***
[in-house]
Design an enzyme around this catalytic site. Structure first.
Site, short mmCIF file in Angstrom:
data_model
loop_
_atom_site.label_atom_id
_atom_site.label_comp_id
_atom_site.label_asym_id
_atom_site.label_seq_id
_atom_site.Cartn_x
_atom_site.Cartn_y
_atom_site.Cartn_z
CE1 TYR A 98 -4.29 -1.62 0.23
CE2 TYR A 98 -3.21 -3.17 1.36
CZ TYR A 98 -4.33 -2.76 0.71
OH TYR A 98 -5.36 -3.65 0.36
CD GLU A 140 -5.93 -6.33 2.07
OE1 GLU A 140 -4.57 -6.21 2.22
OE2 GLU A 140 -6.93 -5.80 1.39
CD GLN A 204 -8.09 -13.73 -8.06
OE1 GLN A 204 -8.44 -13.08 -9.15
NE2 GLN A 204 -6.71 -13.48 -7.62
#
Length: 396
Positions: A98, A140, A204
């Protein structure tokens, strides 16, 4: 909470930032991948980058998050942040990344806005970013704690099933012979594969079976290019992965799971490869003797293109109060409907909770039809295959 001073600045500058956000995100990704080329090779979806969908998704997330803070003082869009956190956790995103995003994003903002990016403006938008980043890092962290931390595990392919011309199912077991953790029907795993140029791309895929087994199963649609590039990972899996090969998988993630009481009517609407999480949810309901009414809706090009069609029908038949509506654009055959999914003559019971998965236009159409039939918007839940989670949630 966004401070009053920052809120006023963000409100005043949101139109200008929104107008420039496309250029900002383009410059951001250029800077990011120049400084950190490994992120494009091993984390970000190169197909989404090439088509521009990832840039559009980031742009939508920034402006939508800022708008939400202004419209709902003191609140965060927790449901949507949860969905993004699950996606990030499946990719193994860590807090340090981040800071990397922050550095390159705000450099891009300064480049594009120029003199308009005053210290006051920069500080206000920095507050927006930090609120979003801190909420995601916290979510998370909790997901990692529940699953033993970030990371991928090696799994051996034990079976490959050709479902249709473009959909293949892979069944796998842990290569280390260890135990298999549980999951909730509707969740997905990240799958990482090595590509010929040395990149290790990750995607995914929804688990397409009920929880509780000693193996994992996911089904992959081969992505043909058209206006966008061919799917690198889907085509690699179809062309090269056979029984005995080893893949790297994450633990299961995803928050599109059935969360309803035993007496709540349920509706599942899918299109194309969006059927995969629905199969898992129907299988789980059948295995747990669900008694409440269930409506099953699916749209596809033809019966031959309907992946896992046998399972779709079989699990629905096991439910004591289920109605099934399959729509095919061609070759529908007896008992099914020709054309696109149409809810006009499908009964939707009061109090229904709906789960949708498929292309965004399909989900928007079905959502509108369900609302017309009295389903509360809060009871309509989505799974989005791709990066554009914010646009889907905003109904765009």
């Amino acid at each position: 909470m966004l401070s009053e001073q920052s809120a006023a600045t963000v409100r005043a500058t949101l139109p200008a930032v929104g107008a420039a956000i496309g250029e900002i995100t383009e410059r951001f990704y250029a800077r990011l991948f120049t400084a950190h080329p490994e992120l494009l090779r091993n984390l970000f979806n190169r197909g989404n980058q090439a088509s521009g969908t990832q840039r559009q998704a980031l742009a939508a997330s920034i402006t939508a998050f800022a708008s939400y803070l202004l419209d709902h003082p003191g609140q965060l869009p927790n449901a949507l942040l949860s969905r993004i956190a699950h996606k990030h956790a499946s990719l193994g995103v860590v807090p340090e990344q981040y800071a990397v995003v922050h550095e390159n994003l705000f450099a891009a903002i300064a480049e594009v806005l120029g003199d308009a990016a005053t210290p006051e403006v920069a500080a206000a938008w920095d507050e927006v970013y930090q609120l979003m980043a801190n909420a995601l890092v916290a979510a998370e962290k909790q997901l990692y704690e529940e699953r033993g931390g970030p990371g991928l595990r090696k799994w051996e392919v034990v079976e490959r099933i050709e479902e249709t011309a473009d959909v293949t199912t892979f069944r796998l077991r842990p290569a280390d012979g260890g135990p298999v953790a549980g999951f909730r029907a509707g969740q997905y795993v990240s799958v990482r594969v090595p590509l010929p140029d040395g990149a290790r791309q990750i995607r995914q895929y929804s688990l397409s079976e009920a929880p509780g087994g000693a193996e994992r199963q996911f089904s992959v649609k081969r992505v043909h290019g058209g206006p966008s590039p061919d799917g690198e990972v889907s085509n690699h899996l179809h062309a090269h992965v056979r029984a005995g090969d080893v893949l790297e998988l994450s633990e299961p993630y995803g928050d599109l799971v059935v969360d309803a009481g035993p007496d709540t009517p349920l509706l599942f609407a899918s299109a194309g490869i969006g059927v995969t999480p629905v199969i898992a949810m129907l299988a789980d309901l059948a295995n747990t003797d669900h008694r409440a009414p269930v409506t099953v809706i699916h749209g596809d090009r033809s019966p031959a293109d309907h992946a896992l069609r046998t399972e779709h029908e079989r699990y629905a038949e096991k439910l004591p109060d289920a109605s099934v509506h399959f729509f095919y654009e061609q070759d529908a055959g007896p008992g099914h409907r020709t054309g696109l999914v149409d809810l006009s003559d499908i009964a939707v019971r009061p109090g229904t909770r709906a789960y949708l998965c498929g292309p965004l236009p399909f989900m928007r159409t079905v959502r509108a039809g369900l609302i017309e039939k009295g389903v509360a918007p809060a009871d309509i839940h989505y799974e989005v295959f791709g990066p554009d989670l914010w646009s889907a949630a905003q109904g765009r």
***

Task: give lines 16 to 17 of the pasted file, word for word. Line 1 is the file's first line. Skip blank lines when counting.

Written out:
OH TYR A 98 -5.36 -3.65 0.36
CD GLU A 140 -5.93 -6.33 2.07